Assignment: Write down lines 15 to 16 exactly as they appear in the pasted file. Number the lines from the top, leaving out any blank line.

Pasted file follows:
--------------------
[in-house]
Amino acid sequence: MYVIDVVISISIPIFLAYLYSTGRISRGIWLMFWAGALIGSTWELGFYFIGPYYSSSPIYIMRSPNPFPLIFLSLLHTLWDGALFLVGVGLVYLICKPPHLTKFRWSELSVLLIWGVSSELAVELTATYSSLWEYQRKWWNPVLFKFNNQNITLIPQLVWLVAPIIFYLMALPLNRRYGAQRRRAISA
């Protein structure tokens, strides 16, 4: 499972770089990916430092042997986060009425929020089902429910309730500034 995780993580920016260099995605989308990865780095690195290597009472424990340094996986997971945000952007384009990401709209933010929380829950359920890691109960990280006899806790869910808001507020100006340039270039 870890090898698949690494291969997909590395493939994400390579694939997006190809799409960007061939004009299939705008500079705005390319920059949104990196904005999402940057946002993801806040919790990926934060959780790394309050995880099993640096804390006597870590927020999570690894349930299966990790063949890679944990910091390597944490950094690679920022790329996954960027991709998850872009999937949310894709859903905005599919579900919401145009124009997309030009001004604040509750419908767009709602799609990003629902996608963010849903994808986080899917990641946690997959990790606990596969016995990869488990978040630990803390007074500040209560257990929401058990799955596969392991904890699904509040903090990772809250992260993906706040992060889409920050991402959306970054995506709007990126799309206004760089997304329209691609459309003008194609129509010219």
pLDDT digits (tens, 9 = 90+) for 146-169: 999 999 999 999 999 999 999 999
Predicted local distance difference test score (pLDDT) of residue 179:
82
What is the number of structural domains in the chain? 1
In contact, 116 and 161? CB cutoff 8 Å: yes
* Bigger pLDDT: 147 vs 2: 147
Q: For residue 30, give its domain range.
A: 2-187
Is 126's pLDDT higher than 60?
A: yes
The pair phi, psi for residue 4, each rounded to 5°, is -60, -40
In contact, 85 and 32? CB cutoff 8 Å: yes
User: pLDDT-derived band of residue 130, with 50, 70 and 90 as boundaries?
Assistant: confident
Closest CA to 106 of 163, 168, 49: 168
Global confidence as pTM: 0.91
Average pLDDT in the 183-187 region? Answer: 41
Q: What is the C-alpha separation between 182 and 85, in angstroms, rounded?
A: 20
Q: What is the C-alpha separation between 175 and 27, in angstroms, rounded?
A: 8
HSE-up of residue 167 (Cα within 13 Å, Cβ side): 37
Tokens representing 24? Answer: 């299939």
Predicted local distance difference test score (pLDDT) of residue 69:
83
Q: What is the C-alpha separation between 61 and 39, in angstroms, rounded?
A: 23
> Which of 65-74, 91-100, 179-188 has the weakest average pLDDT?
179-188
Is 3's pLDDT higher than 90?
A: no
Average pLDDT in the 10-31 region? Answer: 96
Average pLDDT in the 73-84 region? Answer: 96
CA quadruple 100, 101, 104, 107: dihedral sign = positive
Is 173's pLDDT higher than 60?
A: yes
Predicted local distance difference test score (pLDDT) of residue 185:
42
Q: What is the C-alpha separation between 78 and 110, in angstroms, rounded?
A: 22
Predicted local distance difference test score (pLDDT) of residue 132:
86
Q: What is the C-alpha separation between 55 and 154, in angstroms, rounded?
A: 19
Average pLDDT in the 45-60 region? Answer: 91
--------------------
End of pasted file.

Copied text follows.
In contact, 85 and 32? CB cutoff 8 Å: yes
User: pLDDT-derived band of residue 130, with 50, 70 and 90 as boundaries?